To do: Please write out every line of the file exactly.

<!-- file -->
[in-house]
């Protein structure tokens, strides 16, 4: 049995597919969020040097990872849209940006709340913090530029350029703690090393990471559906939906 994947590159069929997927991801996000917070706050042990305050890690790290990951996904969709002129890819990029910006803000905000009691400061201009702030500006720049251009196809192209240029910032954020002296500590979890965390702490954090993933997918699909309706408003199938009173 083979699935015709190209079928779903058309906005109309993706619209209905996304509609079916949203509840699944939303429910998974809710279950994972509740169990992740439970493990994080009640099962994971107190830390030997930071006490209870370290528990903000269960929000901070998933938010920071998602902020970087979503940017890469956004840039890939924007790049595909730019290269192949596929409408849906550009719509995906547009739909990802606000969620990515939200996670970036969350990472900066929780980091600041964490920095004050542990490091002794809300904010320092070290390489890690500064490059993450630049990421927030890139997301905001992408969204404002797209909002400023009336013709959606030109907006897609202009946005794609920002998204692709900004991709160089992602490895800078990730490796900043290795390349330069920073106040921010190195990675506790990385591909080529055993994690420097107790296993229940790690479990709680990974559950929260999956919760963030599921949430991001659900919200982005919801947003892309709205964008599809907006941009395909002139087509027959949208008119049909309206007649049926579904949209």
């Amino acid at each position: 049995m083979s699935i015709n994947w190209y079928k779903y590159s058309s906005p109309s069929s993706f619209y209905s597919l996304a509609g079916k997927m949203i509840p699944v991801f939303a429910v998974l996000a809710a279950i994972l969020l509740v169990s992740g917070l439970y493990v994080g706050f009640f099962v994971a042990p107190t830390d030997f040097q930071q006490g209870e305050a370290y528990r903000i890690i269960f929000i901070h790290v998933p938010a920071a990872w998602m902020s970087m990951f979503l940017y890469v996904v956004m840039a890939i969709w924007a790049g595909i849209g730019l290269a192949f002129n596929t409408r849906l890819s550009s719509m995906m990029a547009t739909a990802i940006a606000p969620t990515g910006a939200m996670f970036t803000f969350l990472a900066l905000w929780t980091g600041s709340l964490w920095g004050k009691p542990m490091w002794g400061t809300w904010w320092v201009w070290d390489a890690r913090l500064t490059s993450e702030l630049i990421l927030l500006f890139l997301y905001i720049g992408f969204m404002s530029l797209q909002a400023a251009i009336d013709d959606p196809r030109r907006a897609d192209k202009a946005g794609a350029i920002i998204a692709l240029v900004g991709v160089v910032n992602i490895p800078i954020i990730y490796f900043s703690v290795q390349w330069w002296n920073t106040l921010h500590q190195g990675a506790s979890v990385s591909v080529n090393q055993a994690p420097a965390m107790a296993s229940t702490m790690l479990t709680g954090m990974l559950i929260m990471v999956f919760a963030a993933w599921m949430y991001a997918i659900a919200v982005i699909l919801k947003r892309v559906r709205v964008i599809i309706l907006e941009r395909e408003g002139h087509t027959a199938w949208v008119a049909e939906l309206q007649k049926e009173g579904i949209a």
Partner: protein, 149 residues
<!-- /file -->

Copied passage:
[in-house]
């Protein structure tokens, strides 16, 4: 049995597919969020040097990872849209940006709340913090530029350029703690090393990471559906939906 994947590159069929997927991801996000917070706050042990305050890690790290990951996904969709002129890819990029910006803000905000009691400061201009702030500006720049251009196809192209240029910032954020002296500590979890965390702490954090993933997918699909309706408003199938009173 083979699935015709190209079928779903058309906005109309993706619209209905996304509609079916949203509840699944939303429910998974809710279950994972509740169990992740439970493990994080009640099962994971107190830390030997930071006490209870370290528990903000269960929000901070998933938010920071998602902020970087979503940017890469956004840039890939924007790049595909730019290269192949596929409408849906550009719509995906547009739909990802606000969620990515939200996670970036969350990472900066929780980091600041964490920095004050542990490091002794809300904010320092070290390489890690500064490059993450630049990421927030890139997301905001992408969204404002797209909002400023009336013709959606030109907006897609202009946005794609920002998204692709900004991709160089992602490895800078990730490796900043290795390349330069920073106040921010190195990675506790990385591909080529055993994690420097107790296993229940790690479990709680990974559950929260999956919760963030599921949430991001659900919200982005919801947003892309709205964008599809907006941009395909002139087509027959949208008119049909309206007649049926579904949209």
């Amino acid at each position: 049995m083979s699935i015709n994947w190209y079928k779903y590159s058309s906005p109309s069929s993706f619209y209905s597919l996304a509609g079916k997927m949203i509840p699944v991801f939303a429910v998974l996000a809710a279950i994972l969020l509740v169990s992740g917070l439970y493990v994080g706050f009640f099962v994971a042990p107190t830390d030997f040097q930071q006490g209870e305050a370290y528990r903000i890690i269960f929000i901070h790290v998933p938010a920071a990872w998602m902020s970087m990951f979503l940017y890469v996904v956004m840039a890939i969709w924007a790049g595909i849209g730019l290269a192949f002129n596929t409408r849906l890819s550009s719509m995906m990029a547009t739909a990802i940006a606000p969620t990515g910006a939200m996670f970036t803000f969350l990472a900066l905000w929780t980091g600041s709340l964490w920095g004050k009691p542990m490091w002794g400061t809300w904010w320092v201009w070290d390489a890690r913090l500064t490059s993450e702030l630049i990421l927030l500006f890139l997301y905001i720049g992408f969204m404002s530029l797209q909002a400023a251009i009336d013709d959606p196809r030109r907006a897609d192209k202009a946005g794609a350029i920002i998204a692709l240029v900004g991709v160089v910032n992602i490895p800078i954020i990730y490796f900043s703690v290795q390349w330069w002296n920073t106040l921010h500590q190195g990675a506790s979890v990385s591909v080529n090393q055993a994690p420097a965390m107790a296993s229940t702490m790690l479990t709680g954090m990974l559950i929260m990471v999956f919760a963030a993933w599921m949430y991001a997918i659900a919200v982005i699909l919801k947003r892309v559906r709205v964008i599809i309706l907006e941009r395909e408003g002139h087509t027959a199938w949208v008119a049909e939906l309206q007649k049926e009173g579904i949209a």
Partner: protein, 149 residues